Megan Prass, M.A.
As a therapist, I primarily take an integrative approach, incorporating aspects of person-centered, psychodynamic, and cognitive-behavioral theories. I am interested in exploring patterns and connections between clients’ past experiences and the emotional difficulties they face in the present. I also incorporate mindfulness and solution-focused techniques into treatment when appropriate.
I ultimately aim to tailor treatment and therapeutic interventions to my clients and their needs, and to meet them where they are. Additionally, I strive to be culturally responsive, acknowledging the societal and environmental realities that influence clients’ experiences of life. I believe recognizing and attending to clients’ salient cultural identities throughout the therapy process is necessary for effective treatment as well as for a strong therapeutic relationship.
My clinical interests include adjustment concerns, anxiety, depression, working with survivors of violence and trauma, interpersonal/relational stress, and multicultural identity exploration.
My personal and professional values align with a prioritization of social justice and inclusion. I have a strong interest in how privilege and oppression influence experiences, the complexities of intersecting identities, and sociopolitical forces in our lives. I strive to be a culture-centered therapist, meaning that I view part of my role to be an agent for prosocial change, social justice, empowerment, and advocacy for and with diverse communities. I have experience and interest in working with women’s issues, clients from low-income backgrounds, members of LGBTQIA+ communities, racial and ethnic minorities, and first-generation college students.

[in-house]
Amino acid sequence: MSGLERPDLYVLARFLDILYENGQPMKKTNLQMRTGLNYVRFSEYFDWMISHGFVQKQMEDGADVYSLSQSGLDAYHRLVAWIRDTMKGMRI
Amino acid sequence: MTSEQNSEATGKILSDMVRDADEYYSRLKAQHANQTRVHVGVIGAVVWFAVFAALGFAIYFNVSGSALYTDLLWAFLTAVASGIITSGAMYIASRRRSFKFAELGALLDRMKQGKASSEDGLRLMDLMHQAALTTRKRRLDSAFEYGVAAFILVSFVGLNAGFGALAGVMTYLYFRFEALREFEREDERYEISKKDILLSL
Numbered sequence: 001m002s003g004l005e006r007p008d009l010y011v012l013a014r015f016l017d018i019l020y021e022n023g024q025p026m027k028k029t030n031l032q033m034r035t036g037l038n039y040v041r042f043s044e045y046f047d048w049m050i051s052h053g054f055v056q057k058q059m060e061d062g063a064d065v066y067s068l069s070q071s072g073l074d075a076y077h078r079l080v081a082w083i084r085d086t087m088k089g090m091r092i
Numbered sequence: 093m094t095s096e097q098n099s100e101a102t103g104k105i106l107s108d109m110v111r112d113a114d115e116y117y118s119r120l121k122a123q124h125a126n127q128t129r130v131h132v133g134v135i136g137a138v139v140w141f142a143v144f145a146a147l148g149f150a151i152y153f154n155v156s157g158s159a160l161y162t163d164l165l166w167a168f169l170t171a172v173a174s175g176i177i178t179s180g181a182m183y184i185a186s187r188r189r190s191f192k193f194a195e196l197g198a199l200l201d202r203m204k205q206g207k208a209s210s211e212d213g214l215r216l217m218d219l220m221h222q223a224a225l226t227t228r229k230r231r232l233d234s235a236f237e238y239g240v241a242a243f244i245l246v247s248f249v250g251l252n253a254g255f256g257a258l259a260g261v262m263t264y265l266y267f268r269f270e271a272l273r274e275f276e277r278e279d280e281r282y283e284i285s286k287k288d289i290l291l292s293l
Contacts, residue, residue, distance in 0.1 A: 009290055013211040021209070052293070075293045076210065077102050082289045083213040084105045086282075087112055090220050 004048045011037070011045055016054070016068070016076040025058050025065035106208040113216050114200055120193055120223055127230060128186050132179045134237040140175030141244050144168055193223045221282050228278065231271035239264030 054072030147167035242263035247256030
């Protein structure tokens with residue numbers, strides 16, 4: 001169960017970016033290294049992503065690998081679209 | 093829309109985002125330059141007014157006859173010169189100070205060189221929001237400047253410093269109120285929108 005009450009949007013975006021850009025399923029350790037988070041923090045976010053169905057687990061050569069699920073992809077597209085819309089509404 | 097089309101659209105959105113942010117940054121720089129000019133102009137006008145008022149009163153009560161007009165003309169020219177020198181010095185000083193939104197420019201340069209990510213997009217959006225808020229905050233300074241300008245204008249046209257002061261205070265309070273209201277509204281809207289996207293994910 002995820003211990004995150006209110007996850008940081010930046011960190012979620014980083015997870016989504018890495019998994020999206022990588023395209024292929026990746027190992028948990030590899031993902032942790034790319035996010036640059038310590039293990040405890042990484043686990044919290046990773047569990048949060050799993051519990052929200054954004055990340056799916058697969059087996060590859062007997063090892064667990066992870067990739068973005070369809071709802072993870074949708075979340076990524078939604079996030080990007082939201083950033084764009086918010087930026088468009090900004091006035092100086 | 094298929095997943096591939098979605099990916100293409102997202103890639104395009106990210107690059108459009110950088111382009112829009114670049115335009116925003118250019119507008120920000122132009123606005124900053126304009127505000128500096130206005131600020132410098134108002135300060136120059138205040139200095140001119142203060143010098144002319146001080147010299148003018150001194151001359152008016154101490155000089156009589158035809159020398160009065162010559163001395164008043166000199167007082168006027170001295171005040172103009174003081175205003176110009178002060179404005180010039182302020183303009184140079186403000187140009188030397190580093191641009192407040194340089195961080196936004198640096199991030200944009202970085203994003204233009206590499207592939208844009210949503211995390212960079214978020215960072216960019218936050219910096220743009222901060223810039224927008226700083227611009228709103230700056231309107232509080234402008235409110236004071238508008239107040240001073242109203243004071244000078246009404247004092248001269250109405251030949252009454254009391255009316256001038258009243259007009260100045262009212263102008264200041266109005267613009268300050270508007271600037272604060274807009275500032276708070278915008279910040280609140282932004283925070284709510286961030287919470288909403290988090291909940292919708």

I believe connecting with the campus community through outreach efforts is integral to overall student health and mental well-being. I have experience facilitating outreach that is focused on gratitude, stress management, self-care and coping skills, social justice, body image, and suicide prevention.
I am interested in studying the process and outcomes of psychotherapy, specifically with historically excluded populations.
I am a graduate student member of the American Psychological Association (APA), with affiliate memberships in APA Division 17 (Counseling Psychology) and APA Division 29 (Society for the Advancement of Psychotherapy).